Lastly, the important question still remains, will the Parliamentarians pay attention to popular opinion or will they ignore it? Or will they pass off their opinions as being that of the people?
    We must also remember that not all people have the time or the qualification to grapple with and fully understand complex legal text let alone be able to absorb and comprehend its relevance or its long-term benefits or even ramifications. So far the response has been brilliant and most resounding.

    Both, the arousal of great interest and solidarity shown in support of Sonam Tshering, and the momentum gained in this short period of time towards proposing the amendment of the Tobacco Act, all stand- testimony to the level of morality, conscience and reasoning shown by everyone. I am proud to be Bhutanese.

    The lawmakers must keep in mind that they are the representatives of the people. Proper and adequate representation is required from our parliamentarians. I believe that in a democracy the peoples representatives are meant to sincerely and with due diligence- represent the people. In our nascent democratic system, built with great leadership and commitment emanating from our wise Kings and with tremendous support shown from all quarters of society- today I regretfully admit that our lawmakers are making erroneous assumptions as to their mandate.
    A good leader will always separate his/her personal biases from doing what is righteous, suppress primordial instincts and show benevolence, magnanimity and wisdom and most importantly a good leader always listens. I hope to see more of these qualities in our Parliamentarians.

    My gratitude to the Opposition Leader. Thank you.

    I end with one more quote from FDR, “Democracy cannot succeed unless those who express their choice are prepared to choose wisely. The real safeguard of democracy therefore is education.”

  32. karma, I will suggest you to eat tobbacco, sleep tobacco and …. tobbacco instead of giving this shitty discourse on law, democracy and Franklin D Roosevelt. That way you will not feel so unhappy about the law being enacted against this social evil called tobacco.

  33. The Lawyer who will be soon taking up ST’s case commented to the Kuensel that the judgment was passed without even having a prosecutor for Sonam Tsher…ing. “No judge can pass the judgment without a prosecutor,” he said. “If he cannot afford then the state should provide the lawyer according to the civil and criminal procedure.”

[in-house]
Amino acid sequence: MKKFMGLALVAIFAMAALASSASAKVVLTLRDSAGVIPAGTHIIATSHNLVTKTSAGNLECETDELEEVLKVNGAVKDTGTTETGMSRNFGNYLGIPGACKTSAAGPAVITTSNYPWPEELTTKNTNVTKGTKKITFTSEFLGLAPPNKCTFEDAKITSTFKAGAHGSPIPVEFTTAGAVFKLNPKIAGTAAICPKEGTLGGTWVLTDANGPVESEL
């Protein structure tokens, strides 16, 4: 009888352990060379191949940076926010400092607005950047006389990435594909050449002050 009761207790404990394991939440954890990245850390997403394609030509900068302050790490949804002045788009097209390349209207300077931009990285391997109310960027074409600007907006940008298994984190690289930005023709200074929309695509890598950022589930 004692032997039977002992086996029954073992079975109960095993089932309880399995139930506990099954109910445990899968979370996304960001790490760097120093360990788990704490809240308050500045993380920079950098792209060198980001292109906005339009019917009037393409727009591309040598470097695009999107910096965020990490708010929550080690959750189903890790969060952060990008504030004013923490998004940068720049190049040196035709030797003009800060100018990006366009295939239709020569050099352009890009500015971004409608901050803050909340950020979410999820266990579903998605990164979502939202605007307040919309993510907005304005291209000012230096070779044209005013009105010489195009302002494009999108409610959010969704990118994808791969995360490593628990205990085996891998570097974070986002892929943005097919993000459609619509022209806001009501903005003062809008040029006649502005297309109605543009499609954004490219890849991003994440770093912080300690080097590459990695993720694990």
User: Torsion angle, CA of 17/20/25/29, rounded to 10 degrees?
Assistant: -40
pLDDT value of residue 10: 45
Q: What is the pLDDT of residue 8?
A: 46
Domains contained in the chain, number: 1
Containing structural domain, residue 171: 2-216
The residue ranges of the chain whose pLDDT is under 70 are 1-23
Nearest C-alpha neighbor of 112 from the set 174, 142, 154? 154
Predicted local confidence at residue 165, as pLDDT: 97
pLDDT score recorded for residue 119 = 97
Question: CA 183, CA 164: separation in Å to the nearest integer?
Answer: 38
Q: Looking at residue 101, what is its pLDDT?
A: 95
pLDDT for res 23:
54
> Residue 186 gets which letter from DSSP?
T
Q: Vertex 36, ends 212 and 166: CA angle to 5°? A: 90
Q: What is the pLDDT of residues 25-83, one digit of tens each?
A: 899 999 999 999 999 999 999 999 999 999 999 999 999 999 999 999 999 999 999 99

34. Your asinine remark is well taken…

  35. Opposition leader!, 2 cases of tobacco case has been highlighted by you in your blog and medias are very active in blasting news for poor people. But what about the the case in Paro! Are you not aware of that case! Does it mean the the paro case which the engineer bought cigratte is not a serious case. Why media and you are not taking about that case!

  36. @PaSsu – If you read the original texts of Guru Rinpoche they are clearly describing Opium not Tobacco – for one thing Tobacco comes from a leaf not a flower.

    @Bjokarp – The law may be the law but in this case the law is an ass because the punishment is so clearly far out of all proportion to the crime.

    If a man beats his wife in Bhutan what do you think will happen to him?
    If the same man gets caught with a few packs of tobacco what will happen to him?

    Which is the more serious crime?

  37. @Neutral –

    Tobacco may be a social evil. I’m sure most of the people in Bhutan don’t like it and think smoking and chewing tobacco is a foul habit. In view of this a law banning tobacco may be reasonable. What is not reasonable is the draconian punishment which is totally disproportionate to the crime.

    Since possession of tobacco does not involve violence or threats; nor does it involve theft or missapropriation of property – wouldn’t a fine or community service be a much more appropriate punishment – especially for a first offence?

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  1. […] Lhab Tshering, a driver, was arrested for possessing 64 packets of chewing tobacco. He’s currently being tried at the Thimphu District Court, and […]